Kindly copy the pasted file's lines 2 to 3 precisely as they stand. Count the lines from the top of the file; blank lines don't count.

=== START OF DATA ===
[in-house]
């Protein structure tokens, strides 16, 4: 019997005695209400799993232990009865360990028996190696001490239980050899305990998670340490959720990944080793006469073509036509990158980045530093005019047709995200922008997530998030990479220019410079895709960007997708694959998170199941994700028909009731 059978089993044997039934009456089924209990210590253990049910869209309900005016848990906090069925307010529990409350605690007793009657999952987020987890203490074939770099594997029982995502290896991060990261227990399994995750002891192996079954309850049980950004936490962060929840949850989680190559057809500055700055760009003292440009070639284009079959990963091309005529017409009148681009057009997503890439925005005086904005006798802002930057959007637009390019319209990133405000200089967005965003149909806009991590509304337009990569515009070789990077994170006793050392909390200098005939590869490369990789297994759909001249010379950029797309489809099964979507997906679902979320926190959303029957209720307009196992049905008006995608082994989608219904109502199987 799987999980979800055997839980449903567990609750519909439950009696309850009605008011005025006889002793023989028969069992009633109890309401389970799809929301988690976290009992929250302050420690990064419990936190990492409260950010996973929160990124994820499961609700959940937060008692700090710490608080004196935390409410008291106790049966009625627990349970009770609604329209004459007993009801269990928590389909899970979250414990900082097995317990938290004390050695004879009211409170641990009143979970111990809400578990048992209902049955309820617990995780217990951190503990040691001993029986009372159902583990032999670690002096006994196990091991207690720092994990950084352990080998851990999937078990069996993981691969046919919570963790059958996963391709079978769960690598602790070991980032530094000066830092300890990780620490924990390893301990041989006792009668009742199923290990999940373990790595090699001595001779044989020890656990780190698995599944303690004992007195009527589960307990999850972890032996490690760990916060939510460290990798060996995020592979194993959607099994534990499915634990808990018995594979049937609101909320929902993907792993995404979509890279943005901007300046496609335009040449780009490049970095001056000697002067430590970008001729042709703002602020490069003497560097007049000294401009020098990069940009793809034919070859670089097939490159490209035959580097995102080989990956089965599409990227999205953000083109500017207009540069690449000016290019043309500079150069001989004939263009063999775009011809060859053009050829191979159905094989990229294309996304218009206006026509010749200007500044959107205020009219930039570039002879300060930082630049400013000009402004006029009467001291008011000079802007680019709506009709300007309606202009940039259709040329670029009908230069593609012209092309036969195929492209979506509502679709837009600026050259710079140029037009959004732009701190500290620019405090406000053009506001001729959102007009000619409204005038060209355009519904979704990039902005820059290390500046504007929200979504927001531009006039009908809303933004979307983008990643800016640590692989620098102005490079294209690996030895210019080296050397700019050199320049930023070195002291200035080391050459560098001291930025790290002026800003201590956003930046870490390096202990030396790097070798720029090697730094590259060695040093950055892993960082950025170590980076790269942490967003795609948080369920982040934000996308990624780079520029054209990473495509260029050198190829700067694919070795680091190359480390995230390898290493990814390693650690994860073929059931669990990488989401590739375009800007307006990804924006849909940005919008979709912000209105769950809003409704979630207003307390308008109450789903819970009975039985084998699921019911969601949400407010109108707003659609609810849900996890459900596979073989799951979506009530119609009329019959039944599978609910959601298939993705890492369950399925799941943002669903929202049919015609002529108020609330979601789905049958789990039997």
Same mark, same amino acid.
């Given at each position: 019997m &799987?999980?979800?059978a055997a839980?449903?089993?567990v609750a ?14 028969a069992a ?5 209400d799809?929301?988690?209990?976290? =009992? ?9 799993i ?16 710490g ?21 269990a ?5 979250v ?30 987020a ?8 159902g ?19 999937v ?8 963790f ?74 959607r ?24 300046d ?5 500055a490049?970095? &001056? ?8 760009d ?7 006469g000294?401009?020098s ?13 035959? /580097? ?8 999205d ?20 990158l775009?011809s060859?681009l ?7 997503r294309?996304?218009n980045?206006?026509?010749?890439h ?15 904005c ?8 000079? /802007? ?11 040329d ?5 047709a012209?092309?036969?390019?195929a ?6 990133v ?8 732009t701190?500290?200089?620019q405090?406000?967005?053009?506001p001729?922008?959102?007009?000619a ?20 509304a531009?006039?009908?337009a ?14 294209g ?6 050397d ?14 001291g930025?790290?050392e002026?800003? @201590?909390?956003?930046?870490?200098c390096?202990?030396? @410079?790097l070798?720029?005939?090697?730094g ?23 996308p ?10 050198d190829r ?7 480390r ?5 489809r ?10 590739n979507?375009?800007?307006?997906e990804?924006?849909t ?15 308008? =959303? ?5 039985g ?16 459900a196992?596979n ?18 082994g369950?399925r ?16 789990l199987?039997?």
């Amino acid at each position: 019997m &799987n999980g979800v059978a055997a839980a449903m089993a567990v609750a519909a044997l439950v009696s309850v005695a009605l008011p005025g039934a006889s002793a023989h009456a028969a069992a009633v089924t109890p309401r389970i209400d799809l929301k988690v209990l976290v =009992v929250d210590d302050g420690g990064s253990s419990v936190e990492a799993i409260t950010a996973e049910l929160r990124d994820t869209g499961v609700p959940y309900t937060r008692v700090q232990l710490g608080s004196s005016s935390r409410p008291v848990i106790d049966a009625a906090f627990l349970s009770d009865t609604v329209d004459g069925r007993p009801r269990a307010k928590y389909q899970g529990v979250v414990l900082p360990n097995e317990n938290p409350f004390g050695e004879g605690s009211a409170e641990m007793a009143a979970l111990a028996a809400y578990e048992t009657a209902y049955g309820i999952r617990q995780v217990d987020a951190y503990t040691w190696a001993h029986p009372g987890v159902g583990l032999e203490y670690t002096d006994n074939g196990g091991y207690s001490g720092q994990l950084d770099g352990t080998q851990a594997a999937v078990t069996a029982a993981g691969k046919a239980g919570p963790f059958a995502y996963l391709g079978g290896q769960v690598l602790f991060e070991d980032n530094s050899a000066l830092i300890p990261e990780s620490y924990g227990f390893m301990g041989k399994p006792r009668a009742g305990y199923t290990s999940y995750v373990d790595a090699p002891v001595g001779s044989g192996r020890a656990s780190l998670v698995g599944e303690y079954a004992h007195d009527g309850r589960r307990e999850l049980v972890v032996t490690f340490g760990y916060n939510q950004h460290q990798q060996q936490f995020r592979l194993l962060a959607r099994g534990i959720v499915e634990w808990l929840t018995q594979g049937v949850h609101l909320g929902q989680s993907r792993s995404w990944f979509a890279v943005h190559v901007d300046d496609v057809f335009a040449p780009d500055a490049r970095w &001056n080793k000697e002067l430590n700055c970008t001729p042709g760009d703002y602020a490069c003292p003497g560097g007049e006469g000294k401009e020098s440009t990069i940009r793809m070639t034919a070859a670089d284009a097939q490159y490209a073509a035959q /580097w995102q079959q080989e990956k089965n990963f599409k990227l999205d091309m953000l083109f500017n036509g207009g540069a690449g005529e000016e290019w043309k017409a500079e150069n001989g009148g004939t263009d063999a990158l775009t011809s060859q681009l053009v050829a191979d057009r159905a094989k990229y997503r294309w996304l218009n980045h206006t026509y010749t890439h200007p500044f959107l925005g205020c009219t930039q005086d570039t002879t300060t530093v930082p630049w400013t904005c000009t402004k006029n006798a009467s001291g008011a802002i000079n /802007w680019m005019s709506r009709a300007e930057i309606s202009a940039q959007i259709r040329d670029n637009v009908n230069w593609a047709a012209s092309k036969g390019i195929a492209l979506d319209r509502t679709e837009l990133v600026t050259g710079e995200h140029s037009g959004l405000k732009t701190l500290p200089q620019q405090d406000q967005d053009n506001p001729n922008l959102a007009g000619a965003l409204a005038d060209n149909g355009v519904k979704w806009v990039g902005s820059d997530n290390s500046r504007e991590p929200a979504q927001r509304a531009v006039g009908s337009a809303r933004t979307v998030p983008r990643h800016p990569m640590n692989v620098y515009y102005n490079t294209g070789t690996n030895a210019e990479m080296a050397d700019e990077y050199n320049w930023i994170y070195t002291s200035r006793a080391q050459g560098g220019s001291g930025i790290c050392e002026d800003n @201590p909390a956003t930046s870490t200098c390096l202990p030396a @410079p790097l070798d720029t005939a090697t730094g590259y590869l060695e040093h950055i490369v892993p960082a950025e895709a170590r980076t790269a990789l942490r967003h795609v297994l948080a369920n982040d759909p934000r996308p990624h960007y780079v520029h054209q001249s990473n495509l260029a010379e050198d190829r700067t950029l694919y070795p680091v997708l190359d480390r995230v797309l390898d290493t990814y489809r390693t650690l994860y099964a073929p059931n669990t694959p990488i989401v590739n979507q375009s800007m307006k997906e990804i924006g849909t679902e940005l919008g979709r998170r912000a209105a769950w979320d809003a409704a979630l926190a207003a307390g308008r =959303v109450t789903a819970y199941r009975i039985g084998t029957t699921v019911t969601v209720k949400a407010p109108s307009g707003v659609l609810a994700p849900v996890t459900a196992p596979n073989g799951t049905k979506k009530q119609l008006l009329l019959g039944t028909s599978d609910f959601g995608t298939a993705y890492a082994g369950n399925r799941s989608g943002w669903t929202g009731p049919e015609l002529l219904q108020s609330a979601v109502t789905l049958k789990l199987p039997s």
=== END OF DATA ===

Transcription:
């Protein structure tokens, strides 16, 4: 019997005695209400799993232990009865360990028996190696001490239980050899305990998670340490959720990944080793006469073509036509990158980045530093005019047709995200922008997530998030990479220019410079895709960007997708694959998170199941994700028909009731 059978089993044997039934009456089924209990210590253990049910869209309900005016848990906090069925307010529990409350605690007793009657999952987020987890203490074939770099594997029982995502290896991060990261227990399994995750002891192996079954309850049980950004936490962060929840949850989680190559057809500055700055760009003292440009070639284009079959990963091309005529017409009148681009057009997503890439925005005086904005006798802002930057959007637009390019319209990133405000200089967005965003149909806009991590509304337009990569515009070789990077994170006793050392909390200098005939590869490369990789297994759909001249010379950029797309489809099964979507997906679902979320926190959303029957209720307009196992049905008006995608082994989608219904109502199987 799987999980979800055997839980449903567990609750519909439950009696309850009605008011005025006889002793023989028969069992009633109890309401389970799809929301988690976290009992929250302050420690990064419990936190990492409260950010996973929160990124994820499961609700959940937060008692700090710490608080004196935390409410008291106790049966009625627990349970009770609604329209004459007993009801269990928590389909899970979250414990900082097995317990938290004390050695004879009211409170641990009143979970111990809400578990048992209902049955309820617990995780217990951190503990040691001993029986009372159902583990032999670690002096006994196990091991207690720092994990950084352990080998851990999937078990069996993981691969046919919570963790059958996963391709079978769960690598602790070991980032530094000066830092300890990780620490924990390893301990041989006792009668009742199923290990999940373990790595090699001595001779044989020890656990780190698995599944303690004992007195009527589960307990999850972890032996490690760990916060939510460290990798060996995020592979194993959607099994534990499915634990808990018995594979049937609101909320929902993907792993995404979509890279943005901007300046496609335009040449780009490049970095001056000697002067430590970008001729042709703002602020490069003497560097007049000294401009020098990069940009793809034919070859670089097939490159490209035959580097995102080989990956089965599409990227999205953000083109500017207009540069690449000016290019043309500079150069001989004939263009063999775009011809060859053009050829191979159905094989990229294309996304218009206006026509010749200007500044959107205020009219930039570039002879300060930082630049400013000009402004006029009467001291008011000079802007680019709506009709300007309606202009940039259709040329670029009908230069593609012209092309036969195929492209979506509502679709837009600026050259710079140029037009959004732009701190500290620019405090406000053009506001001729959102007009000619409204005038060209355009519904979704990039902005820059290390500046504007929200979504927001531009006039009908809303933004979307983008990643800016640590692989620098102005490079294209690996030895210019080296050397700019050199320049930023070195002291200035080391050459560098001291930025790290002026800003201590956003930046870490390096202990030396790097070798720029090697730094590259060695040093950055892993960082950025170590980076790269942490967003795609948080369920982040934000996308990624780079520029054209990473495509260029050198190829700067694919070795680091190359480390995230390898290493990814390693650690994860073929059931669990990488989401590739375009800007307006990804924006849909940005919008979709912000209105769950809003409704979630207003307390308008109450789903819970009975039985084998699921019911969601949400407010109108707003659609609810849900996890459900596979073989799951979506009530119609009329019959039944599978609910959601298939993705890492369950399925799941943002669903929202049919015609002529108020609330979601789905049958789990039997």
Same mark, same amino acid.